For leaders to make informed decisions, it is imperative to establish a common currency for risk to assess all ongoing activities and future investments across an entire business in a single risk metric (Exhibit 3). This common currency allows management to accurately determine the risk intensity of any activity or decision, which makes past, present, and future choices commensurable.

To fully understand the impact of past choices on performance, it is crucial to evaluate all returns, taking an appropriate risk-adjustment into account. Similarly, when making present capital steering and allocation decisions, it is essential to have a shared calibration point for assessing risk-bearing capacity. Looking ahead, future investment decisions need to be based on an integrated risk perspective to capture impact on risk profile and longer-term, risk-adjusted returns. By adopting these perspectives, a comprehensive understanding of the relationship between decisions, performance, and risk can be achieved, enabling more informed decision-making and ultimately enhancing overall outcomes.

This idea of optimizing around a single metric is not a new one. The financial services sector already started measuring economic capital — a way to consolidate all risks into a common currency — prior to the 2008 financial crisis. This approach drastically increased the number of questions at board level on resource utilization and is a major key performance indicator benchmark for today’s banks in their overarching capitalization. Consequently, management teams in financial services have changed how they view and compare different business units — a change that only a few advanced energy companies have yet established.

Why energy companies should adopt the debtor perspective

While the economic capital metric used in the financial sector aims to maximize capital returns on given capital using traditional risk capital quotas, energy firms find themselves optimizing against a different objective. The asset-intensive and diversified nature of energy and trading companies means the main concern is not just economic return. The focus is also on the maintenance of their refinancing capability. Sustainable refinancing is critical for business continuity and the biggest constraint for energy and trading companies, with potentially catastrophic consequences if compromised. A high interest rate environment further exacerbates this risk.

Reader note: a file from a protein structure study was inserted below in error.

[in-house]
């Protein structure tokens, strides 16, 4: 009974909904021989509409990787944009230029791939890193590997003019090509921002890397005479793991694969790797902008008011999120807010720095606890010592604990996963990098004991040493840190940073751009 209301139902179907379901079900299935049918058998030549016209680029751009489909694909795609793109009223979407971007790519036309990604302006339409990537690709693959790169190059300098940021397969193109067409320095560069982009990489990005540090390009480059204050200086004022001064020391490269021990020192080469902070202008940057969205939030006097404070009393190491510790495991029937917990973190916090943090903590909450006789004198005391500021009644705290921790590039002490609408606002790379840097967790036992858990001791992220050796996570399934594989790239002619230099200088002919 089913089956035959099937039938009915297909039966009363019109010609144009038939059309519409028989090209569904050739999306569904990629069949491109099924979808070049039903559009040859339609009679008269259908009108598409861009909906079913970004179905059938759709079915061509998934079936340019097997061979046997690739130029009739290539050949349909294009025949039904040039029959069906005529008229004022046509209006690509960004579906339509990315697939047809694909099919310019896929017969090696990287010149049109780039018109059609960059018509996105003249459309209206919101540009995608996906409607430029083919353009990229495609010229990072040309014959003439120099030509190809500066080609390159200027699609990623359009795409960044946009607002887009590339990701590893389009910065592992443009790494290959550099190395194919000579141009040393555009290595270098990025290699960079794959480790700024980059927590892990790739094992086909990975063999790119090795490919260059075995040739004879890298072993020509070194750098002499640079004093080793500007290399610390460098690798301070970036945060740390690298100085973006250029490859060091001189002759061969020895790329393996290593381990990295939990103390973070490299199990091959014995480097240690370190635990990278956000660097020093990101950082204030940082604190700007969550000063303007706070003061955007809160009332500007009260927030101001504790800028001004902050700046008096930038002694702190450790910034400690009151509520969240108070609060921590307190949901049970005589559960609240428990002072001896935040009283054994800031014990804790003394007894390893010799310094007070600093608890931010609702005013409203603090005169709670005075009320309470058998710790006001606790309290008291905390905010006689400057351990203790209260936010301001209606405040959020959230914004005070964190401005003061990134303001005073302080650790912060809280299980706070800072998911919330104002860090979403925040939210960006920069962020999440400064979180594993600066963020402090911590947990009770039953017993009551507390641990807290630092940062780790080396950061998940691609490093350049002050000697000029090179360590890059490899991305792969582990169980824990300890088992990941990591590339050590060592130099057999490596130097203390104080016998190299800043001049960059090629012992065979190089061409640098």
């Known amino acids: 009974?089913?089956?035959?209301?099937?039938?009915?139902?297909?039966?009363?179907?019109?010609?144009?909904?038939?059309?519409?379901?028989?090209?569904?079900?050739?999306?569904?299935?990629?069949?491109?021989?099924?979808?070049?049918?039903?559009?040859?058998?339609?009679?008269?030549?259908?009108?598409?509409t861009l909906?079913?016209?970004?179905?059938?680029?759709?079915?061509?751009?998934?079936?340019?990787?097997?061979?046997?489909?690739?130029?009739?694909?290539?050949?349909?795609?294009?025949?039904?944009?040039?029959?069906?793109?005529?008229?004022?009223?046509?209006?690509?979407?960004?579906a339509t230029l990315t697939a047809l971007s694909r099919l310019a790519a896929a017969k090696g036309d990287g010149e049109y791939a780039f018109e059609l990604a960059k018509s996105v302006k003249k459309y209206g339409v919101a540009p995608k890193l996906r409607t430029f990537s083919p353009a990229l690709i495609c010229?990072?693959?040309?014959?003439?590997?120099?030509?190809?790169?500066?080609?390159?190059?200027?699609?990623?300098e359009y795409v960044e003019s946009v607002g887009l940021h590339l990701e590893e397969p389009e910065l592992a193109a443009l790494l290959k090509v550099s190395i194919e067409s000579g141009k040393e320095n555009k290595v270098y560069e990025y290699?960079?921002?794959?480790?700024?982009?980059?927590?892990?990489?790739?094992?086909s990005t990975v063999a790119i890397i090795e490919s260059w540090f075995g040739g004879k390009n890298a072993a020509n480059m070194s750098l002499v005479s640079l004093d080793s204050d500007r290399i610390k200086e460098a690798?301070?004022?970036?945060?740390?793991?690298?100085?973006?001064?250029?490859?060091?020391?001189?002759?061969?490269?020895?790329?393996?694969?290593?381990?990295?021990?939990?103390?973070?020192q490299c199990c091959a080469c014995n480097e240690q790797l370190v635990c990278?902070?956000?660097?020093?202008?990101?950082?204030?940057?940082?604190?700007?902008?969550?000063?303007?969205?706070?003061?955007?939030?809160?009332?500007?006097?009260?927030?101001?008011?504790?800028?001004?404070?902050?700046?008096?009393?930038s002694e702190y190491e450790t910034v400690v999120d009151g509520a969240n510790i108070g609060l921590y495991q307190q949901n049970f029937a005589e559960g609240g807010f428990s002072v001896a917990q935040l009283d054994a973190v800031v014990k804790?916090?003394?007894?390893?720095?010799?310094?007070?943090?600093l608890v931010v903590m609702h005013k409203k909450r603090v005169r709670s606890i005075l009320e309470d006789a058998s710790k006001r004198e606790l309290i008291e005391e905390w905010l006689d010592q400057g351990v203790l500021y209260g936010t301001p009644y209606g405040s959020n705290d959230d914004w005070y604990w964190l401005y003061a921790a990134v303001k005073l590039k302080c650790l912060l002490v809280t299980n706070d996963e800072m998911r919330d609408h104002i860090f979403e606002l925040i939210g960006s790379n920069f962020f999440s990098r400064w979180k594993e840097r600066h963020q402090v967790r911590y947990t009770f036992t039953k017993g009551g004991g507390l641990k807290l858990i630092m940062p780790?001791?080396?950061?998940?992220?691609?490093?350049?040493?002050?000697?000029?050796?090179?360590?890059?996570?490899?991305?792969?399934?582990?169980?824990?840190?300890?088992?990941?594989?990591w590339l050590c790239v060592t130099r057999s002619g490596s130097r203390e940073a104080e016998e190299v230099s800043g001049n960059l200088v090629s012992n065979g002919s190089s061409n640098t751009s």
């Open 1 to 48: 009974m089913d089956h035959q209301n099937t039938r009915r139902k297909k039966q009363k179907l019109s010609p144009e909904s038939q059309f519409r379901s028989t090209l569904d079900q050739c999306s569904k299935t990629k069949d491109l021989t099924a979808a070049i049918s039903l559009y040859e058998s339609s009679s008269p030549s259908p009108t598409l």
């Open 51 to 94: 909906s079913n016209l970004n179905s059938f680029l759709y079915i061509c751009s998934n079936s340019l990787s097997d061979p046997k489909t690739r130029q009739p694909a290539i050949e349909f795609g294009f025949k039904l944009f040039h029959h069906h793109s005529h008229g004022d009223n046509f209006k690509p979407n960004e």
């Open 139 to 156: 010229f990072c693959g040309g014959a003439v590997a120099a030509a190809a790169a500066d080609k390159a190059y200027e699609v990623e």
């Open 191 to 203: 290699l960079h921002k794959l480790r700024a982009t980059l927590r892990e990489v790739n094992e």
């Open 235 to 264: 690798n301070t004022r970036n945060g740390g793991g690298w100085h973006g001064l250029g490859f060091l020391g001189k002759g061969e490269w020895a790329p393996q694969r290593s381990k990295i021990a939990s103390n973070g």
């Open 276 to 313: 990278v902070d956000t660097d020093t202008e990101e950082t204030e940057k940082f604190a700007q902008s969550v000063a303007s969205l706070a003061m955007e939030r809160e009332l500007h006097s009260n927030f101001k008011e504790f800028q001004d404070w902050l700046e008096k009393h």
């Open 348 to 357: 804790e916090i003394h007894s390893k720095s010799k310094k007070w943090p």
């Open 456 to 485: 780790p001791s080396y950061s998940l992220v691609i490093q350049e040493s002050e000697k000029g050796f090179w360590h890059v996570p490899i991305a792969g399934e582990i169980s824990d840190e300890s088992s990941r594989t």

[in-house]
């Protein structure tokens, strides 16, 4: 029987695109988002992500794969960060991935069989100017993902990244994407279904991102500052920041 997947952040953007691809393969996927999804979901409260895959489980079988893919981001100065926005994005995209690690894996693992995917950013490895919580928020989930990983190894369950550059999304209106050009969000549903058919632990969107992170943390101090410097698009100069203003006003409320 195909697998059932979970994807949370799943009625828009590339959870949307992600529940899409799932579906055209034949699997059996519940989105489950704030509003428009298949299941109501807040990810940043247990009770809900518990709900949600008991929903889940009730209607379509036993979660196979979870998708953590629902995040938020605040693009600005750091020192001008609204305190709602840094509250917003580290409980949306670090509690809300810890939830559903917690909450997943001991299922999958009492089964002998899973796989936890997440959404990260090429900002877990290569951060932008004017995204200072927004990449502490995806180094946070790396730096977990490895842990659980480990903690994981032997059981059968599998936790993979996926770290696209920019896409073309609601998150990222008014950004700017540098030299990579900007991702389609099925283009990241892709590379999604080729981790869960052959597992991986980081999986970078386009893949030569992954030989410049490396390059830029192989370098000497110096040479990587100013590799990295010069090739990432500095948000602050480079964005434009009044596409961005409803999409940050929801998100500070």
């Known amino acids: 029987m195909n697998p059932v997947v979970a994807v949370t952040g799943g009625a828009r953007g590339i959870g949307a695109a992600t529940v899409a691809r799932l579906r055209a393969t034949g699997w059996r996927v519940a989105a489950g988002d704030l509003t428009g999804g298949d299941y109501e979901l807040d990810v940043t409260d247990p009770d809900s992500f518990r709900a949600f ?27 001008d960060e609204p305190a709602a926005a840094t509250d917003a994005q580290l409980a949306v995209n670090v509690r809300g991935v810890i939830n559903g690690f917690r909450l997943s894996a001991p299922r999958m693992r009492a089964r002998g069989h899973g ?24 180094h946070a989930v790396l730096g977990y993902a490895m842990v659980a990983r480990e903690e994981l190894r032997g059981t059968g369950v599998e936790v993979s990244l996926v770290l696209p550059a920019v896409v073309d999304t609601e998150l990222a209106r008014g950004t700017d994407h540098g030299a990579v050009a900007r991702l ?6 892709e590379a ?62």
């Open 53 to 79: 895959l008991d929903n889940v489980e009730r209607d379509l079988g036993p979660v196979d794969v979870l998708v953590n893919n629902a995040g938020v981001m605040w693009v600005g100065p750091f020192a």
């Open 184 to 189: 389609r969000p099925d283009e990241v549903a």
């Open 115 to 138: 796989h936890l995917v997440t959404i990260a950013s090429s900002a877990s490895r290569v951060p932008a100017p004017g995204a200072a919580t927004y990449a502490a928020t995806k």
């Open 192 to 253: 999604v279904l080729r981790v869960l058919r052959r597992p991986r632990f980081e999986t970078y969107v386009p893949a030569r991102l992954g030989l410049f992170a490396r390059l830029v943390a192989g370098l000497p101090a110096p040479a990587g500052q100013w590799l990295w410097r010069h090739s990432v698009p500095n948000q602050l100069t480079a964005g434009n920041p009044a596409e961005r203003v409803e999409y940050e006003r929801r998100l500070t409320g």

As a result, many energy peers are increasingly opting for a debtor perspective rather than a shareholder perspective to unify risk metrics for investment decisions. Credit rating agencies deliver an observable, objective calibration point against this constraint. Each investment decision to be made can be evaluated with respect to its impact on the rating and refinancing covenant.

Four success factors for sustainable common currency implementation

With increasing pressure from shareholders to make well-informed investment decisions, energy companies can follow these four steps to build a robust risk-adjusted currency for investments:

  1. Pick the right debtholder metric by identifying the metrics that rating agencies apply to assess your organization, which may differ between sub-sectors
  2. Consider your entire business when creating methodologies that translate existing metrics into the common currency, making sure that unique aspects of the risk profile are well understood and taken into account
  3. Assess all major risks including market risk, liquidity risk, credit risk, and non-financial risks, when translating metrics to the common currency
  4. Socialize the framework by integrating the common currency into strategic planning across the business, continuously measuring and elevating it above other segment metrics when considering capital steering.